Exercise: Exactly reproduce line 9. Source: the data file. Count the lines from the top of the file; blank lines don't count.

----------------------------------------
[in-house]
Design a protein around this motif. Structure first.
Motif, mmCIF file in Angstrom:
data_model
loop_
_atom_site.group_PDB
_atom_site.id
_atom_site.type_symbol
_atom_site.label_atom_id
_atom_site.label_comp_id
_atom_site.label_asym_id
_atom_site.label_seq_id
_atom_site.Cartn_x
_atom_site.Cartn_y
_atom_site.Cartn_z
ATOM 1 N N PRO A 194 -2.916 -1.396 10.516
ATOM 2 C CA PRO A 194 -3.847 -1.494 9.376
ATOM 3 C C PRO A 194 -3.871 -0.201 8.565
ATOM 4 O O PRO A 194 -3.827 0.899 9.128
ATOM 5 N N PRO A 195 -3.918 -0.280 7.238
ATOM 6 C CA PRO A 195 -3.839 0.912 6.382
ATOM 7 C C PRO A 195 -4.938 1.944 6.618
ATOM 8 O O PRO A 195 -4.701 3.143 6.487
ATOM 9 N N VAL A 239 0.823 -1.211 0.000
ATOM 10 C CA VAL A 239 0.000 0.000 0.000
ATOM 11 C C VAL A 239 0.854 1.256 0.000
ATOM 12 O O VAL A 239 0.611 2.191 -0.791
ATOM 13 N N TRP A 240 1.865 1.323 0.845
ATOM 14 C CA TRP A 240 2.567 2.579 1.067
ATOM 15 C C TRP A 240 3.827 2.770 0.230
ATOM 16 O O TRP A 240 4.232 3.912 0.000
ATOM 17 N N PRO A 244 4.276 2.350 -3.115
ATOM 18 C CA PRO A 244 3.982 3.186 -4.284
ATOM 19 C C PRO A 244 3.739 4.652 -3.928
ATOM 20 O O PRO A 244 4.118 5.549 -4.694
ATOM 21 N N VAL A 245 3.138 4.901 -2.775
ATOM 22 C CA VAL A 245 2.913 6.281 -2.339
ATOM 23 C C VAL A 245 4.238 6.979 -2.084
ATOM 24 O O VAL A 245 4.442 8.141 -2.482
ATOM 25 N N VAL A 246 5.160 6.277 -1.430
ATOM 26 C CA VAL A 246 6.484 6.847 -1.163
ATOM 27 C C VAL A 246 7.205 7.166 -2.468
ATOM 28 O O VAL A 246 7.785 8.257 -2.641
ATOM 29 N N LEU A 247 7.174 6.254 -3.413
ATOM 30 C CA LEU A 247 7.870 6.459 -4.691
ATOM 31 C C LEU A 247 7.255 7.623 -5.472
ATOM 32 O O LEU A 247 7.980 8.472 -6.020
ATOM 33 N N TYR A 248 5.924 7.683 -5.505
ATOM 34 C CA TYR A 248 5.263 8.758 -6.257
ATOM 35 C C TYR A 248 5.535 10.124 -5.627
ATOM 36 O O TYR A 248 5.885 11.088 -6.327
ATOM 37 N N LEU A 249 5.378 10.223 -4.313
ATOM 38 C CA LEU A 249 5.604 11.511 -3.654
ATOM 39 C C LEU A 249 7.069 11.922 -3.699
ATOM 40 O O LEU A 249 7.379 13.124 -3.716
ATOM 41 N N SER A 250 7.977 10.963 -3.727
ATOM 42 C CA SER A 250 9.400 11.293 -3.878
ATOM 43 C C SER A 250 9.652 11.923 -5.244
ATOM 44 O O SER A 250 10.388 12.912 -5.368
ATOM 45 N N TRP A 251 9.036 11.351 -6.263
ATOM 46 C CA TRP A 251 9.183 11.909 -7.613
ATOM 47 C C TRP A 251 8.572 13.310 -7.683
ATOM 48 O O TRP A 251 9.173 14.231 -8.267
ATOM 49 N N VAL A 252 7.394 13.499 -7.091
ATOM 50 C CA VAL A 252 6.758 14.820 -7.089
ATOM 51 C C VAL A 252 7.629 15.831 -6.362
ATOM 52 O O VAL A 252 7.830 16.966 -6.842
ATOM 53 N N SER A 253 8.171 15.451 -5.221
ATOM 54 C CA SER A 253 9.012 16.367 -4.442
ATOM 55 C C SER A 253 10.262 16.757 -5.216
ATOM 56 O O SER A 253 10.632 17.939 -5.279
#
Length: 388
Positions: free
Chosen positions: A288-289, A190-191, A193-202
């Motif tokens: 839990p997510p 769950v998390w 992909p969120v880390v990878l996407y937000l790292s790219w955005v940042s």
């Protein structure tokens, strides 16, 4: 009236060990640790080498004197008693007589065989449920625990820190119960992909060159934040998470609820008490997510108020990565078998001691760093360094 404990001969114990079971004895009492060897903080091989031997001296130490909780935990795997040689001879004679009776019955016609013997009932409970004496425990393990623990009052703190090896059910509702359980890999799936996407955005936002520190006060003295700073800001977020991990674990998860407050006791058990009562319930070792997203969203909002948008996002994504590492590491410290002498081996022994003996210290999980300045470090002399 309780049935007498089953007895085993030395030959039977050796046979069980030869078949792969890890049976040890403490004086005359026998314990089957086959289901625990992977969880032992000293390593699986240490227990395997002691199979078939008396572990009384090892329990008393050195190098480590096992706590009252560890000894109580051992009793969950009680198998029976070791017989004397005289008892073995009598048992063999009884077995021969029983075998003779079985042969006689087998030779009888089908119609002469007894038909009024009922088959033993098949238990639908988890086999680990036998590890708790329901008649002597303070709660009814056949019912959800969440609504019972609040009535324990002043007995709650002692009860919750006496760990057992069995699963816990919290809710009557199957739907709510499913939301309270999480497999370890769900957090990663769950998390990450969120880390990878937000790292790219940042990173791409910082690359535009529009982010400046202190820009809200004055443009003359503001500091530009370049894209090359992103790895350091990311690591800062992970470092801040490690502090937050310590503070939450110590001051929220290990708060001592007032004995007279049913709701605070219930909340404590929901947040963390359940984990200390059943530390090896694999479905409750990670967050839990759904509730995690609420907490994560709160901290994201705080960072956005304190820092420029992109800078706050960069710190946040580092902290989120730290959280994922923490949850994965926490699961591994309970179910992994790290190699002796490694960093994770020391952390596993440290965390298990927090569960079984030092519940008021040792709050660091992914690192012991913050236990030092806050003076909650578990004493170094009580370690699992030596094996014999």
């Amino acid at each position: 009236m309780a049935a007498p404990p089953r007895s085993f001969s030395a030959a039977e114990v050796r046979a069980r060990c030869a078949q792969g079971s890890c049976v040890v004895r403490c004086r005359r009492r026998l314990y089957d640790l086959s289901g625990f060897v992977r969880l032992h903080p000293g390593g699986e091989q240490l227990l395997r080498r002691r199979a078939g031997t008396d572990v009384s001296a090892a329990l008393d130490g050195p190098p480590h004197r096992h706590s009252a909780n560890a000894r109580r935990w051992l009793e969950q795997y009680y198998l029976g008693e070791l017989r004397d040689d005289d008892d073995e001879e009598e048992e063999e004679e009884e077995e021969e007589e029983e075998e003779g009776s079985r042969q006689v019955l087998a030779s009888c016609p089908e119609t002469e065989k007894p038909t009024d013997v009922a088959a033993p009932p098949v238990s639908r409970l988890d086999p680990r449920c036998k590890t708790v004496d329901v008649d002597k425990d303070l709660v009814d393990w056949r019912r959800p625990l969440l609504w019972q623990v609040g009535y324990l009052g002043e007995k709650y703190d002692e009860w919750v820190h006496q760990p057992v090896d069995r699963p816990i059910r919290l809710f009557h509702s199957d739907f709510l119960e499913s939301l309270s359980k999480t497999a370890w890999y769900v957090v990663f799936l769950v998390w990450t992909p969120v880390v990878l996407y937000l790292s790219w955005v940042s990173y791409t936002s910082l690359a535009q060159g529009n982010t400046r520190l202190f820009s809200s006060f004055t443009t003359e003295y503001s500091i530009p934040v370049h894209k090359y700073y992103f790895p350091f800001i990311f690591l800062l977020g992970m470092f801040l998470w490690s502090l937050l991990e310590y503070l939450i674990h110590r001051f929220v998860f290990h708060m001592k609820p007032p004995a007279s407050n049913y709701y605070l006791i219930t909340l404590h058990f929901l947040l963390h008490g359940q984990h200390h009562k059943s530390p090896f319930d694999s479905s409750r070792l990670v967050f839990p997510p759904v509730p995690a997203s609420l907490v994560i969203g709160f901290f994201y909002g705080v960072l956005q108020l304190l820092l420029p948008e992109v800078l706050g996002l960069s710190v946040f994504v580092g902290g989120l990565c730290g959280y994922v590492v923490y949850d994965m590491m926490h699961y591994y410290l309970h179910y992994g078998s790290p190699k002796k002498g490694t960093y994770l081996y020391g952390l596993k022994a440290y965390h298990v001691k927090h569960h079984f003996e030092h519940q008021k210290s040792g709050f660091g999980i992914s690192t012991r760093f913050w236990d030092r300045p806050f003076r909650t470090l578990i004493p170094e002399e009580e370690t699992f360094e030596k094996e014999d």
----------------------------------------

_atom_site.label_atom_id